10 Ways To Reduce Food Waste

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reduce food wastage, Food Waste Prevention, ways to prevent food wasteHave you ever stopped to think about food waste ?  When we stop to think about how much food we may throw away in a week, it can be a shock to realize how much we bin! While we may think that we are quite frugal , you may find once you sit down and look at your food habits, you can actually save a lot of money, plus find easy ways to prevent food waste.

Every year we throw away tons of unused food, and it’s an awful waste. I am sure you probably heard from your parents the same story that I heard from mine. Eat your food, there are plenty of starving people are in the world who would be very grateful for what you have! And its true. We often take for granted that there will always be food on our plates and there will always be an easily accessible supply.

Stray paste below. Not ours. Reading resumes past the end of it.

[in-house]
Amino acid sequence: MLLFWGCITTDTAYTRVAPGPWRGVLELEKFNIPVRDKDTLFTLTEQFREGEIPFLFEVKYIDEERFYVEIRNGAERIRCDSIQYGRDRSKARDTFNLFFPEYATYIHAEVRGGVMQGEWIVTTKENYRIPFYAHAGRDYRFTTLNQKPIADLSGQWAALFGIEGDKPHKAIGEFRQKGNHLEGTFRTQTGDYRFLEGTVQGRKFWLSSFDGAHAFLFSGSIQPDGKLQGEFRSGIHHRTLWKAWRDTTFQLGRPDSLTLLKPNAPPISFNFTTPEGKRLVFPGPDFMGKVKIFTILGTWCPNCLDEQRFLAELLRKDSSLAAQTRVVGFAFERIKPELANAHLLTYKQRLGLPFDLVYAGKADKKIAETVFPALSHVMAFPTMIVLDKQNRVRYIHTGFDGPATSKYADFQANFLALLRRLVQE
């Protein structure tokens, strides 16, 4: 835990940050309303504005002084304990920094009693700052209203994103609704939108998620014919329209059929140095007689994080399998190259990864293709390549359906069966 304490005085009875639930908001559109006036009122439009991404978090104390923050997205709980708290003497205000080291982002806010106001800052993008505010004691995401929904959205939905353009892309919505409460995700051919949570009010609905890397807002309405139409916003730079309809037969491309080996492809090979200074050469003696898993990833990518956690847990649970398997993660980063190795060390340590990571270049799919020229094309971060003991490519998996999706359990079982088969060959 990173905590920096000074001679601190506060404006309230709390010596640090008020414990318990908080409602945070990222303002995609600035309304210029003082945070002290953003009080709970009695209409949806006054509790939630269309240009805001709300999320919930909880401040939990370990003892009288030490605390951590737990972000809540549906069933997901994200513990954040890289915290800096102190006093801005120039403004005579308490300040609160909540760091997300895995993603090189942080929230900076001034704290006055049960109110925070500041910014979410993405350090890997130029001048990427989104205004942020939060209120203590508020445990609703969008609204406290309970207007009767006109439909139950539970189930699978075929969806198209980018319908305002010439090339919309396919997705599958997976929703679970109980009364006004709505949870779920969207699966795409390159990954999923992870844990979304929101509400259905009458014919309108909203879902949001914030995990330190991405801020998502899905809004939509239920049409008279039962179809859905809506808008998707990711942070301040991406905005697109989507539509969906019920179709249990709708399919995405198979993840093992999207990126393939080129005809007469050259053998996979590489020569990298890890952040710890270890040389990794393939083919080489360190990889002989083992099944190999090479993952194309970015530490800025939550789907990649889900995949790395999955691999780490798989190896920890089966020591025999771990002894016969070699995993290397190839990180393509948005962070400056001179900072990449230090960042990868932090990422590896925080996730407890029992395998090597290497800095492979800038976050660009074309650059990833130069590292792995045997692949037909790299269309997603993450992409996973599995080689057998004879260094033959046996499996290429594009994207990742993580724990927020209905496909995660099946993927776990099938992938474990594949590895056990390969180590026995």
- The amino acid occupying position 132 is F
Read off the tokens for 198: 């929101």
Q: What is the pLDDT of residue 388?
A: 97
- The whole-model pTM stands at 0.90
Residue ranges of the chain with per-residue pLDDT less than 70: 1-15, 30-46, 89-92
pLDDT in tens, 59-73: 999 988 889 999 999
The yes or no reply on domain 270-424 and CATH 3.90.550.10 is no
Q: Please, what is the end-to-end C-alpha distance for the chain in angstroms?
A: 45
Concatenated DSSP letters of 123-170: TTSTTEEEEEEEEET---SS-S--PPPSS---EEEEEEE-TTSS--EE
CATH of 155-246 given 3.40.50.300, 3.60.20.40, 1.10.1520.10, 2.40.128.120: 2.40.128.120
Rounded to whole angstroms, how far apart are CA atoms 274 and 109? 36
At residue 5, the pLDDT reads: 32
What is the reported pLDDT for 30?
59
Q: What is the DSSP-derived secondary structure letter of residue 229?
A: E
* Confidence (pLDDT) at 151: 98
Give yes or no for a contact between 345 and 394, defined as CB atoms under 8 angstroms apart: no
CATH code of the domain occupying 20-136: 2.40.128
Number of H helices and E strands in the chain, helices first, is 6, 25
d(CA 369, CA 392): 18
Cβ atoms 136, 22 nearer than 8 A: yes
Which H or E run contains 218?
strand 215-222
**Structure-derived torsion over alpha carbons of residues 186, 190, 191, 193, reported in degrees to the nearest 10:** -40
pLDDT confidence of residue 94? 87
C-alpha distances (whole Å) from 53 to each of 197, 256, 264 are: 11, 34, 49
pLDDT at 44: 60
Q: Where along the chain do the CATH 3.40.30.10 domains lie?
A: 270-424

Here are our 10 easy tips to reduce food wastage and you will be able to think of a few more I am sure… By being aware of our consumer and spending habits we can make a change for the benefit of all.

1). Invest In Quality

Dig deep and spend more on eating eco-friendly foods. A survey by the American vegetable industry body United Fresh, reveals 40 per cent of grocery shoppers would be willing to pay more for certified sustainable products.

This also applies to eating out. A study by Ohio State University found that 65 per cent of people would pay 10 per cent more to eat at a “green” restaurant.

Our Tip: Environmentally-friendly choices can make you feel good and motivate you not to waste a cent. Plan meals in advance and buy only the exact quantity you need of quality groceries. That way, any extra cost will be offset by the fact that you’ll be more likely to stick to your healthy meal plan,rather than order pizza because you “can’t be bothered cooking”.

2). Brew Bones